Sunday, April 22, 2012

The Dame

Alan Grofield first appeared as a character in Richard Stark's excellent series about Parker, the tough-as-nails heist man. Grofield, whose day job was as an actor in small, regional theater groups, moonlighted as a very competent thief. Parker could always depend on Grofield when the two worked together, and Grofield was one of the very few members of the crew that Parker (and the reader) knew would never be the one who screwed things up.

Stark (Donald Westlake) ultimately liked the character well enough to give him four books of his own. This is the second of the Grofield novels, first published in 1969. Grofield is much more relaxed than his more famous (or infamous) counterpart. In twenty-five novels, Parker probably never cracked a single smile. But Grofield is a very witty guy, which sometimes gets him into trouble, and he will often use humor in an attempt to defuse a tricky situation. One could never imagine Parker doing that; he'd be much more likely to get out of trouble by smashing a sledgehammer into some guy's forehead.

As a result, the Grofield books are a bit lighter than the Parker novels, but they're certainly very enjoyable in their own right. In this case, Grofield and Parker have just finished heisting the profits of a casino, and Grofield finds himself in Matamoros, Mexico, enjoying the company of a delightful young woman before heading home to his wife. He receives a message asking him to go to Puerto Rico as a favor to a friend to help out a woman in distress.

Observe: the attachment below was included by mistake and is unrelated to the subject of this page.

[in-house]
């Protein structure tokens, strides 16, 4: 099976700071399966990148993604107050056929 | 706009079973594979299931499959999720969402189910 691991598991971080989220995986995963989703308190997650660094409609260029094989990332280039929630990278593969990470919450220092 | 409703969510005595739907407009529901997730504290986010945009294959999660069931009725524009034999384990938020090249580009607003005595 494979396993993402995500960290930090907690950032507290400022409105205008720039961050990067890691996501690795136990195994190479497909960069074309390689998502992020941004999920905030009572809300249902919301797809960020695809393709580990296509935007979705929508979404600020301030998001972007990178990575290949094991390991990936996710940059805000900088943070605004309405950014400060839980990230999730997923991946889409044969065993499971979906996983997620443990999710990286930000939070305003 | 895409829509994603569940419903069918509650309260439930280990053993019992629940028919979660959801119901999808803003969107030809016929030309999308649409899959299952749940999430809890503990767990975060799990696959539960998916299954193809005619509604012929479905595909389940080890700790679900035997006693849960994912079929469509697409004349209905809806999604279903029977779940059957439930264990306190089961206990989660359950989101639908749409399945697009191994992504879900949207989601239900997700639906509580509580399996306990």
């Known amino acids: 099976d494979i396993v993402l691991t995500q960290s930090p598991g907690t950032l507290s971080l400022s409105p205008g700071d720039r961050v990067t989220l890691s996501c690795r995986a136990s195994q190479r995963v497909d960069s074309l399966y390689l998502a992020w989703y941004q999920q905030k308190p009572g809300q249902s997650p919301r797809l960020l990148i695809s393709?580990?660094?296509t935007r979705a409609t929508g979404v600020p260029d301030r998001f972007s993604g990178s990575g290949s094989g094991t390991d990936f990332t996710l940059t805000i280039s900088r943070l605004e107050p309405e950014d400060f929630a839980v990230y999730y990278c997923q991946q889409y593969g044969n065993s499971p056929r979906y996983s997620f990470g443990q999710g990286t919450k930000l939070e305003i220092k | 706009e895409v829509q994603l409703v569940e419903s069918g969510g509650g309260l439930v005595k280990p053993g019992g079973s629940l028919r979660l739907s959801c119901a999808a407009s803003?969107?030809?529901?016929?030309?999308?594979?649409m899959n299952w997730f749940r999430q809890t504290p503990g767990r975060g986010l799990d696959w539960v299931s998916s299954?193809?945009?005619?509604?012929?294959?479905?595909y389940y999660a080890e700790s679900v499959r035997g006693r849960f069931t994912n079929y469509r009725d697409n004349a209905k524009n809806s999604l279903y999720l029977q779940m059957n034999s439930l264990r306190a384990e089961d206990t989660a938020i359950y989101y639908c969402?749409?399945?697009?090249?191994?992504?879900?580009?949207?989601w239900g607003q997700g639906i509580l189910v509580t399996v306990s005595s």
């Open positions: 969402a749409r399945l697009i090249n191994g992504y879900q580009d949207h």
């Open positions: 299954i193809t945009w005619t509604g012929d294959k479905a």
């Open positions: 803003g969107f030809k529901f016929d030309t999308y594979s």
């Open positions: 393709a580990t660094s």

Curious, Grofield flies to Puerto Rico and meets the woman and her several houseguests at an isolated mansion out in the countryside. Grofield and the lady immediately annoy each other and he decides not to take the job. However, before he can leave someone in the house is murdered. It's clear that the killer must have either been a guest or a member of the staff, and Grofield is everyone's number one suspect.

As is usual in a case like this, the only way Grofield can save himself is to find the real guilty party. This is, in some ways, a variation on the old English manor murder mystery, and in that case, of course, someone like Miss Marple or Hercule Poirot would produce the solution and save the day. Happily, neither Miss Marple nor the famous Belgian are among the guests and so the task falls to Grofield whose approach to the problem is a lot more fun.

Readers who have enjoyed the Parker series will doubtless like this book as well and will be grateful to the University of Chicago Press for resurrecting this and two of the other Grofield books. (The fourth, The Sour Lemon Score, was recently republished as part of the Hard Case Crime series.) Who could not love a book that contains a paragraph like the following:

"Eva Milford was an overwound mainspring. Her hairdo was so tight and rigid it looked as though it had been set by the Spanish Inquisition. Her torso didn't look girdled, it looked petrified, like an old forest. Her dark-brown suit and fussy coral blouse made her look like the mean old broad in the steno pool, and her face was as shut up as a bank on Sunday."


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